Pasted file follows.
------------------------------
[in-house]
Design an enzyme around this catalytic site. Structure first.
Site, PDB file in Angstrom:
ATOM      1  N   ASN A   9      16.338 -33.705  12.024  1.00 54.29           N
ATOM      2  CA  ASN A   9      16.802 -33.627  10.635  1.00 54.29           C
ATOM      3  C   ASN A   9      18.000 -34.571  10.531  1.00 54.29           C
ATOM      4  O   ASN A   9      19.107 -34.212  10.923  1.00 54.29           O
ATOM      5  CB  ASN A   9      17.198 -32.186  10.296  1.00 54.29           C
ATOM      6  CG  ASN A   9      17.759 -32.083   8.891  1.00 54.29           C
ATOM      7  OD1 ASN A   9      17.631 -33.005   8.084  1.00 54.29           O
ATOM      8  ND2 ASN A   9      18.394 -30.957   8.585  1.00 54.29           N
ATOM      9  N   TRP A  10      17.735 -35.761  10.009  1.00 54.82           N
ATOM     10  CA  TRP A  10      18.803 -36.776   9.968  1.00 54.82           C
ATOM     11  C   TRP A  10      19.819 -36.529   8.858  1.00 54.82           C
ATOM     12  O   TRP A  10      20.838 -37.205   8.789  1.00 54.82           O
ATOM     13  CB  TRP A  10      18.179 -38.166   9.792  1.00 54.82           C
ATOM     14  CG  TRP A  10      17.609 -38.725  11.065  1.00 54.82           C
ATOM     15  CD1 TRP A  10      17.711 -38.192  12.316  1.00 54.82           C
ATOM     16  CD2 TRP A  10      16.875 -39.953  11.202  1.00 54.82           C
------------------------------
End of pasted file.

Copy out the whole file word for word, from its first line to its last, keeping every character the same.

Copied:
[in-house]
Design an enzyme around this catalytic site. Structure first.
Site, PDB file in Angstrom:
ATOM      1  N   ASN A   9      16.338 -33.705  12.024  1.00 54.29           N
ATOM      2  CA  ASN A   9      16.802 -33.627  10.635  1.00 54.29           C
ATOM      3  C   ASN A   9      18.000 -34.571  10.531  1.00 54.29           C
ATOM      4  O   ASN A   9      19.107 -34.212  10.923  1.00 54.29           O
ATOM      5  CB  ASN A   9      17.198 -32.186  10.296  1.00 54.29           C
ATOM      6  CG  ASN A   9      17.759 -32.083   8.891  1.00 54.29           C
ATOM      7  OD1 ASN A   9      17.631 -33.005   8.084  1.00 54.29           O
ATOM      8  ND2 ASN A   9      18.394 -30.957   8.585  1.00 54.29           N
ATOM      9  N   TRP A  10      17.735 -35.761  10.009  1.00 54.82           N
ATOM     10  CA  TRP A  10      18.803 -36.776   9.968  1.00 54.82           C
ATOM     11  C   TRP A  10      19.819 -36.529   8.858  1.00 54.82           C
ATOM     12  O   TRP A  10      20.838 -37.205   8.789  1.00 54.82           O
ATOM     13  CB  TRP A  10      18.179 -38.166   9.792  1.00 54.82           C
ATOM     14  CG  TRP A  10      17.609 -38.725  11.065  1.00 54.82           C
ATOM     15  CD1 TRP A  10      17.711 -38.192  12.316  1.00 54.82           C
ATOM     16  CD2 TRP A  10      16.875 -39.953  11.202  1.00 54.82           C